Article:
The Aliens’s motivation even feels like a classic devil’s tale like Rosemary’s Baby; the xenomorph wants only to make the prison safe for the queen growing inside Ripley.
Mankind’s cleverness is gone and he is left with superstition.
And so the xenomorph, with its symbolizing Satan in the film, becomes our fear of ourselves. In a world brought low by temptation and sin, the Alien becomes the symbol of our voluntary damnation and how seemingly powerless we can be at fighting it. How something terrible could be small and unseen in us but growing and changing us. A seed that turns into psychosis or a cancer, hoping burst through and kill us and all we’ve made.
For all its faults, this movie is perhaps the most cerebral of the series, evolving the alien to be the worst kind of threat. The unavoidable threat; ourselves.
Why we love the Alien
It all comes down to versatility breeding unpredictability and all the best villains are both.
- The Joker is more than just a serial killer; he’s a leader, a schemer and strategist, the inventor of and chemical engineer behind a whole suite of neurotoxins.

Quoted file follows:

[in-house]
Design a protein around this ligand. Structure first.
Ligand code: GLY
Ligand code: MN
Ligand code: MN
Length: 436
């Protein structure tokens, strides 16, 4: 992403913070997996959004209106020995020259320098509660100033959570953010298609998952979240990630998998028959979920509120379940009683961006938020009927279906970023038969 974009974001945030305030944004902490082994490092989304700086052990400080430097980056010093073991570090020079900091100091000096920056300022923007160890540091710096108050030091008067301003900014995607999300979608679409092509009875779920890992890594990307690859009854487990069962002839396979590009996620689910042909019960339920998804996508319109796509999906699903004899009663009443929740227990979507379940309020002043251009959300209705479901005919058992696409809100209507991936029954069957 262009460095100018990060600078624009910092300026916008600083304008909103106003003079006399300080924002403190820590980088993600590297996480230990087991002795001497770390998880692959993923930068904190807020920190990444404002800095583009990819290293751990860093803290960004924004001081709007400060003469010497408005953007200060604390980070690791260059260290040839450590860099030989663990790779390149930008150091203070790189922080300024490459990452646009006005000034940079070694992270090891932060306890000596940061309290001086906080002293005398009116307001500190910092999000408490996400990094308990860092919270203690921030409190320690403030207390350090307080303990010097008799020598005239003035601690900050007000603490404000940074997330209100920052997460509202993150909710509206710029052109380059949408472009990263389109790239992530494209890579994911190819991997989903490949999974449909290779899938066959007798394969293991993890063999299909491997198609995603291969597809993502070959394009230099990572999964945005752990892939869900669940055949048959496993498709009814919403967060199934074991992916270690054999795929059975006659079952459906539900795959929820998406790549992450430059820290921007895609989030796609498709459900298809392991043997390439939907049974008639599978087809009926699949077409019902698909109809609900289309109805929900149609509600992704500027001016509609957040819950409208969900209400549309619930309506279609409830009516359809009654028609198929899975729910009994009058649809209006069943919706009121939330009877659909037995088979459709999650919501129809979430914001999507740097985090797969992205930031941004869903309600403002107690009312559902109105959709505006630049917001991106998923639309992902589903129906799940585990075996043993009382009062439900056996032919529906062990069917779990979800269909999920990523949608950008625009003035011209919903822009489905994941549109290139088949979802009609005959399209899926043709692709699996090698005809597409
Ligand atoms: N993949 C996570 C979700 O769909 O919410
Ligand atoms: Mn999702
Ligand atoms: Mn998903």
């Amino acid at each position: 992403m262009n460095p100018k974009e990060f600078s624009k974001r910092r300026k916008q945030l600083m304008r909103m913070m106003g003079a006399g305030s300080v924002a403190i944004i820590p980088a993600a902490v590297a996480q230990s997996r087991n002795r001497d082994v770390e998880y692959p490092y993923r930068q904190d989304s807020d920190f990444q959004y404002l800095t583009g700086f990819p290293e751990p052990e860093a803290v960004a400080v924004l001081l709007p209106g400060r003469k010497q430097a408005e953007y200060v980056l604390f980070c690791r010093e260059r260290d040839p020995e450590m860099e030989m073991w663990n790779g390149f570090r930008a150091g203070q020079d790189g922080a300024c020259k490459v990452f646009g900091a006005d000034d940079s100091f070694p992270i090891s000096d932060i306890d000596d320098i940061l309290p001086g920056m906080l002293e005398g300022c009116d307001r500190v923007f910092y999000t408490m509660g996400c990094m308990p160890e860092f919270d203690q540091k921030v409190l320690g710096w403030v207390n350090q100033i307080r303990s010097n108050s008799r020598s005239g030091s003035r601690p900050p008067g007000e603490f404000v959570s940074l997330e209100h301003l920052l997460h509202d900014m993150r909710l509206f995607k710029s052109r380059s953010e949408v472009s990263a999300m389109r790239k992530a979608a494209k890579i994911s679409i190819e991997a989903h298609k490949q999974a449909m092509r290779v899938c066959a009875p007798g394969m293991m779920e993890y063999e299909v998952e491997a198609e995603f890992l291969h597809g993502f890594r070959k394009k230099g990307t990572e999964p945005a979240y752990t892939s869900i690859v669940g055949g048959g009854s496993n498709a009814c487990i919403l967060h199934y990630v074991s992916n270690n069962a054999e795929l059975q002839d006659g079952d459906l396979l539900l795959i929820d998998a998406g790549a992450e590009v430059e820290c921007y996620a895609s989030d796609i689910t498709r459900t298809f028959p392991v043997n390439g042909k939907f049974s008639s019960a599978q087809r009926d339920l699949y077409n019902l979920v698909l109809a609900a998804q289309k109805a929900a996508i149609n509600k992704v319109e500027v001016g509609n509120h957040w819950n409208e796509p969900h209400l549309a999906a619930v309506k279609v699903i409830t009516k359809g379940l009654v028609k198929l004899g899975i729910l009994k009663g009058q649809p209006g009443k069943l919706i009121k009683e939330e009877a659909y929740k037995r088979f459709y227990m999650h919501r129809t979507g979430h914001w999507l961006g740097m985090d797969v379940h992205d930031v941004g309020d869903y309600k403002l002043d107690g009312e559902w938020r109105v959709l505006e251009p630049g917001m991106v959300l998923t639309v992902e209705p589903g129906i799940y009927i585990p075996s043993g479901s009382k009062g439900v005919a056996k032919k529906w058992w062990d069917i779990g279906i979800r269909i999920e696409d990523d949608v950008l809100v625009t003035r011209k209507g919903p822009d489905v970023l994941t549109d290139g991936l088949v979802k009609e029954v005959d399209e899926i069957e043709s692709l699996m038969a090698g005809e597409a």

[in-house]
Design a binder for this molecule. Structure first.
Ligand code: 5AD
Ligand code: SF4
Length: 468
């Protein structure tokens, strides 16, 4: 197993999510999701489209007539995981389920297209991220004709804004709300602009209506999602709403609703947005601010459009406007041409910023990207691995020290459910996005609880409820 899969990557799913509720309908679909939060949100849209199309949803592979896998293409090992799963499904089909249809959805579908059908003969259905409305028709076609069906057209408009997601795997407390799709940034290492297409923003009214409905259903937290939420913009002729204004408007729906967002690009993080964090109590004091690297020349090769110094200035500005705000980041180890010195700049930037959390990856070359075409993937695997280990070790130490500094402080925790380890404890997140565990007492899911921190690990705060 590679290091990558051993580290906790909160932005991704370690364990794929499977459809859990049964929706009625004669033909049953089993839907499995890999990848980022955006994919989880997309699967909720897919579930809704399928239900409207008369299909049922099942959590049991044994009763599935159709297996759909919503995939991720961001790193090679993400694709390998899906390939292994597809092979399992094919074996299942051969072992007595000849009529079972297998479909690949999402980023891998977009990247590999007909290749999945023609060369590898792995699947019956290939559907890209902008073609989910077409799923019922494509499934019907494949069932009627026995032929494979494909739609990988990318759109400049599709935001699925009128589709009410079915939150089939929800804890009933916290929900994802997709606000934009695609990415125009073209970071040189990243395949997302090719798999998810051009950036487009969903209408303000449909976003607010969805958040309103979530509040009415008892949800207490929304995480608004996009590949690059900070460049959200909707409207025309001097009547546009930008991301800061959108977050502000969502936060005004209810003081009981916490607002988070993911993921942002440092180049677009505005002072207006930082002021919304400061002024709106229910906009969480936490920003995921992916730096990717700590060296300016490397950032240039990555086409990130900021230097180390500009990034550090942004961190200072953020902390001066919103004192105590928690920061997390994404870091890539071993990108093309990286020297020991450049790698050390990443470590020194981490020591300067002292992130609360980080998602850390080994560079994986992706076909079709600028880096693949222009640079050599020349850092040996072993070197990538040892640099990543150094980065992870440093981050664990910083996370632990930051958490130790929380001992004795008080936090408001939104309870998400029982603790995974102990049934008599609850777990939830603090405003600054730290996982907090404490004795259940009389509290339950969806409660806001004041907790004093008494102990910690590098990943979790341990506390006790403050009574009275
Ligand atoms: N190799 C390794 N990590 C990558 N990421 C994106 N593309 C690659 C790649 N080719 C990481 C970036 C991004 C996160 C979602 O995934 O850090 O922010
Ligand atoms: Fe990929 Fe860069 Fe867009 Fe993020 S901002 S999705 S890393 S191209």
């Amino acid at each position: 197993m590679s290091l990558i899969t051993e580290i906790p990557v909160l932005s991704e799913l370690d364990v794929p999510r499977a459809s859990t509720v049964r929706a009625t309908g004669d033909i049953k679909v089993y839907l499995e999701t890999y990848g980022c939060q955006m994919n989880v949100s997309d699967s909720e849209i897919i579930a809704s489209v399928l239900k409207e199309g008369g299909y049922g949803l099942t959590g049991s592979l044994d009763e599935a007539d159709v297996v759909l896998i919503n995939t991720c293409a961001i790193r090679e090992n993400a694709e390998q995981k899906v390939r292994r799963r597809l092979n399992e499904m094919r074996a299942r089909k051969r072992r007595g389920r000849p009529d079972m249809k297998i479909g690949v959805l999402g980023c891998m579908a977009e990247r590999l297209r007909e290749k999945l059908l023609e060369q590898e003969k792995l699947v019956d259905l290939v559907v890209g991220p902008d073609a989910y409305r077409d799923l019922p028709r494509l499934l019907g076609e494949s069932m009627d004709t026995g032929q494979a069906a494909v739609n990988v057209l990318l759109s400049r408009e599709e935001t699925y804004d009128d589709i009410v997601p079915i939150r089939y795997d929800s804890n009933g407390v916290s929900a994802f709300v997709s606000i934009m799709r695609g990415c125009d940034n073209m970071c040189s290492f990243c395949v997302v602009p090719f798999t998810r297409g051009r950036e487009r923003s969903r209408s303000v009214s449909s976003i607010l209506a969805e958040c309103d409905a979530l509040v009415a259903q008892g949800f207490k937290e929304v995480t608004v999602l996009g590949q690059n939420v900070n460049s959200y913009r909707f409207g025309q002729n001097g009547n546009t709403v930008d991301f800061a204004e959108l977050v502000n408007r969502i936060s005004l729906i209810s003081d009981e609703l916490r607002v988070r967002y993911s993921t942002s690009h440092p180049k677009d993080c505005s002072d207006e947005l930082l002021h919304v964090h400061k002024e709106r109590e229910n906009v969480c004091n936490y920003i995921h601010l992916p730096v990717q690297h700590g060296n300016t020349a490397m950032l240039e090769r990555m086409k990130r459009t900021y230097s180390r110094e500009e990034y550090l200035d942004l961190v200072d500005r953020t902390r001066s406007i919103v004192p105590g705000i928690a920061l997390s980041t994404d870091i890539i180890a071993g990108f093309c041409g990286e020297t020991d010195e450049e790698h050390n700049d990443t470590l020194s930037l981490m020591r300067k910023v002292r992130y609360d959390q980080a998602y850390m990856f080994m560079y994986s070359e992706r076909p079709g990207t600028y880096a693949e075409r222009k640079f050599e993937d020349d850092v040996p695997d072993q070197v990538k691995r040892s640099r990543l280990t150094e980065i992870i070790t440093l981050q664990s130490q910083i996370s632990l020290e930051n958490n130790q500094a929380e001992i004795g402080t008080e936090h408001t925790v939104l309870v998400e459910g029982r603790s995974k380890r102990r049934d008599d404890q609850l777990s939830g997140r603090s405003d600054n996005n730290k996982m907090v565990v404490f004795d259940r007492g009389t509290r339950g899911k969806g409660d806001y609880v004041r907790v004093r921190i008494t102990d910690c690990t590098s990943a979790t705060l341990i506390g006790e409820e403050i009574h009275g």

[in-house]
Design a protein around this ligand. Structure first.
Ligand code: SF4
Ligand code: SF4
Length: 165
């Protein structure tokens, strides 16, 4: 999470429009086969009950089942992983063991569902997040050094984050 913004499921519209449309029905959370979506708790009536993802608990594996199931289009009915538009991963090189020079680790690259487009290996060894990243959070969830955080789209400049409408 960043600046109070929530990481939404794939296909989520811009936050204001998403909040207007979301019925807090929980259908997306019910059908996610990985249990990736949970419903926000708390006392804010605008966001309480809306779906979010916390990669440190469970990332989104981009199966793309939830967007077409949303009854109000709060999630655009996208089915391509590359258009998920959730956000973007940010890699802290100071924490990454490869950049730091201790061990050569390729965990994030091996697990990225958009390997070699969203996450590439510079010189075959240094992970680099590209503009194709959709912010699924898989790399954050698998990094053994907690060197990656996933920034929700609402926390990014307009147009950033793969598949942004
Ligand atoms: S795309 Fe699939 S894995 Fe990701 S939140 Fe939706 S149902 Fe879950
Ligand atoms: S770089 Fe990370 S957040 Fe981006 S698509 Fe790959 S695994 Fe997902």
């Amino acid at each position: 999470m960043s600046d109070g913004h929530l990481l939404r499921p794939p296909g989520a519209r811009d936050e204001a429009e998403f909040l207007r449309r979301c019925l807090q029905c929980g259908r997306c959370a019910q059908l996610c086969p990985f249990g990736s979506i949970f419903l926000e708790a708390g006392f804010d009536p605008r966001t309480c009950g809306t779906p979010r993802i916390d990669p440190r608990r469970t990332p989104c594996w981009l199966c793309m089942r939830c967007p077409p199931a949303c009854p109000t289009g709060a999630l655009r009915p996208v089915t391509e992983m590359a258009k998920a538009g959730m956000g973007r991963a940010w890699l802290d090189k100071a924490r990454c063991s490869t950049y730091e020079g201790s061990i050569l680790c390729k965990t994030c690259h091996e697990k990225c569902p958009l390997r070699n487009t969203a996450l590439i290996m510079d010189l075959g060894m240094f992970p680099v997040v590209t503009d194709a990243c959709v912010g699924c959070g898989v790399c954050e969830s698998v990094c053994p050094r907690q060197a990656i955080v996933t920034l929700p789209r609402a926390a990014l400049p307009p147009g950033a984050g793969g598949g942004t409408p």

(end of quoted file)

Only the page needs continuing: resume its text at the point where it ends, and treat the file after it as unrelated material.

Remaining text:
- Hannibal Lecter isn’t just a serial killer; he’s a psychologist, a surgeon, an artist and musician.
- The Xenomorph isn’t just a monster; it’s a patient hunter, a hive-mind army, and the cancer waiting to burst forth form your own body.
This is the brilliance of a good monster; their ability to adapt to the needs of the story and find new ways to frighten us. Better yet, the xenomorph is free of pretentious motivations. Its only needs are animal — feed, reproduce, and protect its young — means that not only do our heroes shine in comparison, but the xeno looks single-minded and relentless in its purpose.
Over the course of the series, the xenomorph has become this monster — both ancient and futuristic — undistracted from its purpose of adapting to be the perfect killing machine. And that’s why we love it.
Why Others Love the Xenomorph
The creature we finally ended up building is biomechanical to the extent that he has physically grown into, or maybe even out of, his seat, – he’s integrated totally into the function he performs. — H.R. Giger
I just love their nature and their look. I suppose with such a strong monster designed by an artist that considers the human psyche and then having that made into a mind blowing horror film…then watching it when you’re seven…does things to you. — Godmachine, Illustrator
The xenomorph (at its most effective) is about what you don’t see, what the director doesn’t show you. When you see it, usually, it’s too late. It is the unknown given teeth. — Dennis Detwiller, Game Designer for Delta Green